BUDGET 2016 - Shaping our future together: Helping families

New $80,000 cap on personal income tax relief

The tax system will be more progressive under a new measure that caps the amount of personal income tax relief an individual can claim.

The limit will be set at $80,000 from Year of Assessment 2018, and is expected to raise an additional tax revenue of $100 million a year.

It is estimated that 99 per cent of tax-resident individuals will not be affected, which means many can still continue to claim reliefs.

Around 90 per cent of women claiming the Working Mother's Child Relief (WMCR) are expected to continue to claim it fully, without being affected by the cap, the Ministry of Finance said.

Tax experts said the cap will mainly affect working mothers who are higher wage earners with two children.

Mr Girish Naik, director of global mobility at PwC International Assignment Services, is concerned that the tax change, which will affect higher earners, will also penalise working mothers and some lower-income taxpayers.

Ms Wu Soo Mee, partner at Ernst & Young Solutions, worked out that working mothers earning more than $152,000 a year with two children and with total reliefs capped at $80,000 will pay more income tax.

Mr B.J. Ooi, partner and head of global mobility services at KPMG Singapore, said: "Coupled with the higher top marginal rate of 22 per cent, it appears that certain groups of individual taxpayers would be paying more taxes."

Deloitte Singapore said the cap appears to contradict the Government's effort to encourage procreation. "Typically it is the female individual taxpayers with Singapore citizen children who are able to enjoy personal tax reliefs that may be in excess of $80,000, as they get to enjoy WMCR with a cap of $50,000 on each qualifying child," said Ms Jill Lim, global employer services leader at Deloitte Singapore.

"However, with this cap, this seems to send a message that such high-income earning females are not encouraged to have more children, or should not return to the workforce after they have children."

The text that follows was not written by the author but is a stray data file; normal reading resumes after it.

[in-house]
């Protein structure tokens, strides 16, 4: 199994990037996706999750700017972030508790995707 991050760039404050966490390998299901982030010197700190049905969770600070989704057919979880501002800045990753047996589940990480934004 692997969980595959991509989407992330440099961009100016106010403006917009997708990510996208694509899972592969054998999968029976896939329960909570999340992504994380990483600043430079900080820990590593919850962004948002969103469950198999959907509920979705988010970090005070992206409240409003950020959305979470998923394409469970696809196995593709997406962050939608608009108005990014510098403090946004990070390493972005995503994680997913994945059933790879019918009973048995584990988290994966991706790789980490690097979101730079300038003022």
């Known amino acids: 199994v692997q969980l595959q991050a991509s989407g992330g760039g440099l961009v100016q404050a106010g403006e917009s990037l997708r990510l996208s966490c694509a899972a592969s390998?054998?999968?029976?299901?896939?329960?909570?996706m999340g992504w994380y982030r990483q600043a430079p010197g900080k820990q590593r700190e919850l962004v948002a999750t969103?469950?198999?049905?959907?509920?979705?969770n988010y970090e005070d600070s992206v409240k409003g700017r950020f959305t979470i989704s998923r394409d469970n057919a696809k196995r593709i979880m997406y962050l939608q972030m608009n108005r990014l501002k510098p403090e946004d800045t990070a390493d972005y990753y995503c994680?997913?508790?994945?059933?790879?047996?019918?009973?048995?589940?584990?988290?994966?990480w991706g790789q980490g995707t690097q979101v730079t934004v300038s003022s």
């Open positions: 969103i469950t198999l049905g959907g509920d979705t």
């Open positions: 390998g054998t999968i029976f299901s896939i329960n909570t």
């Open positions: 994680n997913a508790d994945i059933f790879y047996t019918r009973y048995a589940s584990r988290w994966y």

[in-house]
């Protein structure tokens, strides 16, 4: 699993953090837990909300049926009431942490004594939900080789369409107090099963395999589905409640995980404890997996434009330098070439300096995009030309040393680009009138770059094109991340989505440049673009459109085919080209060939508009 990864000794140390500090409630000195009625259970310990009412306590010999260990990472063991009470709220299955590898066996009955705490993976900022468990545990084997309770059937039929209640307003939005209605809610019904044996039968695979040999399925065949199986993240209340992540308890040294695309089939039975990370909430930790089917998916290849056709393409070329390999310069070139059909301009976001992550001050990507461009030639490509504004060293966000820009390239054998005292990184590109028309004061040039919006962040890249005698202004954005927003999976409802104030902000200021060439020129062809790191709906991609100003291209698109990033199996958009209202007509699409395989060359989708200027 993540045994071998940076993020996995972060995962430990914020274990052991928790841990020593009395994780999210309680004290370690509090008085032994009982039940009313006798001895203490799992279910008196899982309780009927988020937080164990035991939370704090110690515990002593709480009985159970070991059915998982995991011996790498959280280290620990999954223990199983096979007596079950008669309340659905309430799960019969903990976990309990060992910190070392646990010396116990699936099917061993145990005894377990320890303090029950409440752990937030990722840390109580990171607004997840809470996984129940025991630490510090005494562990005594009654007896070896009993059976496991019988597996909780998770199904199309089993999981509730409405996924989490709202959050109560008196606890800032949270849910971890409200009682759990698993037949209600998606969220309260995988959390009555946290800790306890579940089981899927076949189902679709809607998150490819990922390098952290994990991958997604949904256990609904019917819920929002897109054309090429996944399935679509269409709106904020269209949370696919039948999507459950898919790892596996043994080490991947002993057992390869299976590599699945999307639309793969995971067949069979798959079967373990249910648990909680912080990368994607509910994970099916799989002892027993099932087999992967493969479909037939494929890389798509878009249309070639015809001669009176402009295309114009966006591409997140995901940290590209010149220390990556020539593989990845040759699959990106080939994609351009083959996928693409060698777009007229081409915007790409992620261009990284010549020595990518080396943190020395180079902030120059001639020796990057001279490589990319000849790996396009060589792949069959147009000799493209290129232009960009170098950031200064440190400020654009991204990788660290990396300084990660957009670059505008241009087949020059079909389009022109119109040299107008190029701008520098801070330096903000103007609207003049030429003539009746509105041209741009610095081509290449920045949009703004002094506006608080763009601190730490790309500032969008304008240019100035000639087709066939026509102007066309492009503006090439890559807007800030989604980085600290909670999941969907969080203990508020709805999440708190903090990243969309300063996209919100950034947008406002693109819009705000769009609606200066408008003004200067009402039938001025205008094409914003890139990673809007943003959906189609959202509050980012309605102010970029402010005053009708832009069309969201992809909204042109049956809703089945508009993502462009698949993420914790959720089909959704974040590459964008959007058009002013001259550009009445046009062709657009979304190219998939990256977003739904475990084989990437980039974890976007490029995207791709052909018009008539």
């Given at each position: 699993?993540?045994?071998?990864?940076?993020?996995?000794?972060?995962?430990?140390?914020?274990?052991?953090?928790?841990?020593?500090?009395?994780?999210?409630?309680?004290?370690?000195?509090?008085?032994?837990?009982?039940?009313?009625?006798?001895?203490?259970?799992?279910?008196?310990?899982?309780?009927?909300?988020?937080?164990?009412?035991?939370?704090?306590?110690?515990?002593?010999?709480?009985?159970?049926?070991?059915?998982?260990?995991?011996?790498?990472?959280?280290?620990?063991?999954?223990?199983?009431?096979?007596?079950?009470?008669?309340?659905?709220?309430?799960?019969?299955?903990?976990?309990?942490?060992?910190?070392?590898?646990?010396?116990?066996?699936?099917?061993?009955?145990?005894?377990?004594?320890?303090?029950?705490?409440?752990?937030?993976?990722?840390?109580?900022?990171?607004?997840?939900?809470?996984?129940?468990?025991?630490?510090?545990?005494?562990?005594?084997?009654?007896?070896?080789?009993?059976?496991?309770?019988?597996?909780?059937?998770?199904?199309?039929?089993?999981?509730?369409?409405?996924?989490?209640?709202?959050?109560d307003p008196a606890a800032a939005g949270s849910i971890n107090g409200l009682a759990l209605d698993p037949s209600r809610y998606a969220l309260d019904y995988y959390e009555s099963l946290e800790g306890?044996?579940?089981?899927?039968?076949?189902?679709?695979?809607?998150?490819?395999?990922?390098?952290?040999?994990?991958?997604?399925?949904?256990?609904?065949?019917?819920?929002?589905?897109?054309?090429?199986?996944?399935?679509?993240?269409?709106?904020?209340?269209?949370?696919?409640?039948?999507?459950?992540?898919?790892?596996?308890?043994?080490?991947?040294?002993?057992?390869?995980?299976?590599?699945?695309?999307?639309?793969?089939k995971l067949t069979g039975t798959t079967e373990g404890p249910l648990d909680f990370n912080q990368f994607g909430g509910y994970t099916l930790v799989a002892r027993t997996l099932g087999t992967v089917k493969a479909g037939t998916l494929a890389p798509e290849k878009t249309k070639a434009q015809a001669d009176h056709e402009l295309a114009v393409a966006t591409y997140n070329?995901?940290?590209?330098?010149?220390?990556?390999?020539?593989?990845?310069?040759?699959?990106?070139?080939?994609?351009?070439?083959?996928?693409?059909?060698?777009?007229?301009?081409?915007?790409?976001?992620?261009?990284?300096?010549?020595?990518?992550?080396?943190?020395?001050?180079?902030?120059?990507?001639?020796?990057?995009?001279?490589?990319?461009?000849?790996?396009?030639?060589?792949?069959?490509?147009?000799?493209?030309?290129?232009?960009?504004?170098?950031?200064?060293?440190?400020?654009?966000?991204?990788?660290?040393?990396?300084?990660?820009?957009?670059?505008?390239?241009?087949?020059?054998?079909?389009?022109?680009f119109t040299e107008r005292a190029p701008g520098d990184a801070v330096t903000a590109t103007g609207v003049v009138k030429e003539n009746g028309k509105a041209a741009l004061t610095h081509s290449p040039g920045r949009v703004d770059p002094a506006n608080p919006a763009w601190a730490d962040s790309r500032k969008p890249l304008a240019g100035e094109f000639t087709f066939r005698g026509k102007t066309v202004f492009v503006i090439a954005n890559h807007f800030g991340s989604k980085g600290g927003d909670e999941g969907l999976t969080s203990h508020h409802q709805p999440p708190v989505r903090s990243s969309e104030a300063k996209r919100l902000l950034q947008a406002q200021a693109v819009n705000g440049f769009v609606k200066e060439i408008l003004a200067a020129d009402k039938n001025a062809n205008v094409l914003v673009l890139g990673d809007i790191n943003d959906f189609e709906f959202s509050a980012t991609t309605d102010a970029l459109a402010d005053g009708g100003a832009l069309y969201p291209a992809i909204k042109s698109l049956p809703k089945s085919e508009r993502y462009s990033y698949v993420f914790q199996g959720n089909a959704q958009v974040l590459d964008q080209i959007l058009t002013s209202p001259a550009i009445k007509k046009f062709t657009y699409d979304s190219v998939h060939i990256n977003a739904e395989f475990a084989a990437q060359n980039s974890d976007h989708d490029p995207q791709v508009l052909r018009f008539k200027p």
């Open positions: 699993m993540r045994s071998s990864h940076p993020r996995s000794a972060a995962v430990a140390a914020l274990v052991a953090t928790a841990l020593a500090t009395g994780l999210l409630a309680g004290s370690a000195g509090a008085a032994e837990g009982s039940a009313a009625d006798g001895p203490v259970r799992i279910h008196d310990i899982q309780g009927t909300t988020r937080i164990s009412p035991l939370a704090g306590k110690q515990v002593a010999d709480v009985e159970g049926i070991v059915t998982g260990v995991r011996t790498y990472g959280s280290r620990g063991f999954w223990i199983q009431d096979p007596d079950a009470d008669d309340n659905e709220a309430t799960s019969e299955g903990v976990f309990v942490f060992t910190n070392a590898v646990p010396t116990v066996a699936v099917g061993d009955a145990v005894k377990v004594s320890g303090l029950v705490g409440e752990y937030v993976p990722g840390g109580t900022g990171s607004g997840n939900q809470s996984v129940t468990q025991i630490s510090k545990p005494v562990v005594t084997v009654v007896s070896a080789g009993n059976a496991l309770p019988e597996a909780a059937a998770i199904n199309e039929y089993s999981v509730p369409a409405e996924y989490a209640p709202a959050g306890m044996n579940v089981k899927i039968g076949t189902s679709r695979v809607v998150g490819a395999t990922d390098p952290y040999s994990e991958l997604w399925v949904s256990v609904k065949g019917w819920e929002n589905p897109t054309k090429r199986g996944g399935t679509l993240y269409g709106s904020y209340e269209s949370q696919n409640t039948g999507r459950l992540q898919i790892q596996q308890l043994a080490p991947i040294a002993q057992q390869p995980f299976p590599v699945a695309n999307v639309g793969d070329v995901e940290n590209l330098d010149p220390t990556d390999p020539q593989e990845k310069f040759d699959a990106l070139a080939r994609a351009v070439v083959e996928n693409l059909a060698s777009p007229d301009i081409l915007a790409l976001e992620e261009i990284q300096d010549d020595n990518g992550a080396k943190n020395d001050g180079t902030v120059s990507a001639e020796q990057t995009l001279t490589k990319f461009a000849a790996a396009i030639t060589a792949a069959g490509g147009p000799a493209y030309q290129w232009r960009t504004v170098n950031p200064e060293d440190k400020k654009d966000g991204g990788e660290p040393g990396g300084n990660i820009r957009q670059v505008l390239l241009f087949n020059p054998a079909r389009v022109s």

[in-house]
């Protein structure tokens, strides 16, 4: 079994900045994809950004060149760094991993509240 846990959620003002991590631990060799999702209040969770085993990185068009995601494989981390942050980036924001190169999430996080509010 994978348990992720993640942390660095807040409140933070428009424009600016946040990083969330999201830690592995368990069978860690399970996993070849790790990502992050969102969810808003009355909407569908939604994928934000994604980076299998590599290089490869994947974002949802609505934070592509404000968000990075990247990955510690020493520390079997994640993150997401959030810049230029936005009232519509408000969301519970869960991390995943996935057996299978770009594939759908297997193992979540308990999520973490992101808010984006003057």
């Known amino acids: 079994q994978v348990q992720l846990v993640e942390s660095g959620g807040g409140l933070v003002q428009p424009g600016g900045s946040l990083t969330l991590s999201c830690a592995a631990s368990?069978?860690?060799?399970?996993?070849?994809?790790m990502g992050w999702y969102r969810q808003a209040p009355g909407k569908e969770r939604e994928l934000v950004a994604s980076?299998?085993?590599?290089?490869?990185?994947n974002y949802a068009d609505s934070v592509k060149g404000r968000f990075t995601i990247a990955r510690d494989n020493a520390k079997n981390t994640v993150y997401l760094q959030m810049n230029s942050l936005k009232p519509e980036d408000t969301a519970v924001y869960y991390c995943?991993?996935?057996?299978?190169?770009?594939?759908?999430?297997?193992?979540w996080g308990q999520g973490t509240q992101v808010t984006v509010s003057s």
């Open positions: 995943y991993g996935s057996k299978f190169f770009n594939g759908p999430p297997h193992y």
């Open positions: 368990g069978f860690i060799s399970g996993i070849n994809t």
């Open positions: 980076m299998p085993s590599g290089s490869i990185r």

Taxpayers who care for parents, grandparents and disabled family members could also be affected.

PwC's senior manager Mark Amatya said: "As some of the most generous tax reliefs are currently aimed at those with children, those who care for parents/grandparents/disabled family members, or those who plan for their own retirement, capping the value of tax reliefs may run counter to the objective of creating a more caring Singapore, and preparing for our older age."

There are 15 personal income tax reliefs. The amount of WMCR that a working mother can claim for each child is based on the child order: The WMCR for the first child is 15 per cent of the mother's income, 20 per cent for the second child and 25 per cent for each subsequent child. The cumulative WMCR for all children is capped at 100 per cent of the mother's earned income.

Finance Minister Heng Swee Keat said this cap "will make our personal income tax system more progressive". "Nevertheless, our personal income tax burden remains low. Our personal income tax structure must allow us to continue to stay competitive."

Mr Naik suggested that perhaps the WMCR could have been exempted from the cap so qualifying taxpayers may continue to enjoy the full incentive to return to work.

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A version of this article appeared in the print edition of The Straits Times on March 25, 2016, with the headline New $80,000 cap on personal income tax relief. Subscribe